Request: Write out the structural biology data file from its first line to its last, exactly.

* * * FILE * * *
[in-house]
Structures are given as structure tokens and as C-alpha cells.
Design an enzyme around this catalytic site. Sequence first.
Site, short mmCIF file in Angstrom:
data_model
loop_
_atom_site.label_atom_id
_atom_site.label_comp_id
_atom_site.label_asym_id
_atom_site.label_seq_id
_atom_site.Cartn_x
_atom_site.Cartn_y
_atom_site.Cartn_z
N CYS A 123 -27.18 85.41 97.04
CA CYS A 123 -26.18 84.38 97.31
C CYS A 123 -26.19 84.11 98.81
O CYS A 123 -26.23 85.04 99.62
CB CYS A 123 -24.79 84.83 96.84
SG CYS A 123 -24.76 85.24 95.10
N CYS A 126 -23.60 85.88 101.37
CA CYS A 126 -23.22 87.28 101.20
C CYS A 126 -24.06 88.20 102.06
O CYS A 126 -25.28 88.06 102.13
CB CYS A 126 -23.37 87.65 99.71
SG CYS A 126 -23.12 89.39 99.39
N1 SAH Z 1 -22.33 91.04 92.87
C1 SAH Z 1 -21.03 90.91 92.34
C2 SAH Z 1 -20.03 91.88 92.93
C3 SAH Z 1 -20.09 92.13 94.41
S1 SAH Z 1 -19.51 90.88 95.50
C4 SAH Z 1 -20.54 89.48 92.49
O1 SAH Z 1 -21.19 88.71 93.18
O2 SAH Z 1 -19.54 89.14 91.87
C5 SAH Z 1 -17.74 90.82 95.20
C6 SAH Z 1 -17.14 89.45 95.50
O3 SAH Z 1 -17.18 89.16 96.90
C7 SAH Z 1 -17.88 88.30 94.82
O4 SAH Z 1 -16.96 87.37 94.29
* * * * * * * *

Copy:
[in-house]
Structures are given as structure tokens and as C-alpha cells.
Design an enzyme around this catalytic site. Sequence first.
Site, short mmCIF file in Angstrom:
data_model
loop_
_atom_site.label_atom_id
_atom_site.label_comp_id
_atom_site.label_asym_id
_atom_site.label_seq_id
_atom_site.Cartn_x
_atom_site.Cartn_y
_atom_site.Cartn_z
N CYS A 123 -27.18 85.41 97.04
CA CYS A 123 -26.18 84.38 97.31
C CYS A 123 -26.19 84.11 98.81
O CYS A 123 -26.23 85.04 99.62
CB CYS A 123 -24.79 84.83 96.84
SG CYS A 123 -24.76 85.24 95.10
N CYS A 126 -23.60 85.88 101.37
CA CYS A 126 -23.22 87.28 101.20
C CYS A 126 -24.06 88.20 102.06
O CYS A 126 -25.28 88.06 102.13
CB CYS A 126 -23.37 87.65 99.71
SG CYS A 126 -23.12 89.39 99.39
N1 SAH Z 1 -22.33 91.04 92.87
C1 SAH Z 1 -21.03 90.91 92.34
C2 SAH Z 1 -20.03 91.88 92.93
C3 SAH Z 1 -20.09 92.13 94.41
S1 SAH Z 1 -19.51 90.88 95.50
C4 SAH Z 1 -20.54 89.48 92.49
O1 SAH Z 1 -21.19 88.71 93.18
O2 SAH Z 1 -19.54 89.14 91.87
C5 SAH Z 1 -17.74 90.82 95.20
C6 SAH Z 1 -17.14 89.45 95.50
O3 SAH Z 1 -17.18 89.16 96.90
C7 SAH Z 1 -17.88 88.30 94.82
O4 SAH Z 1 -16.96 87.37 94.29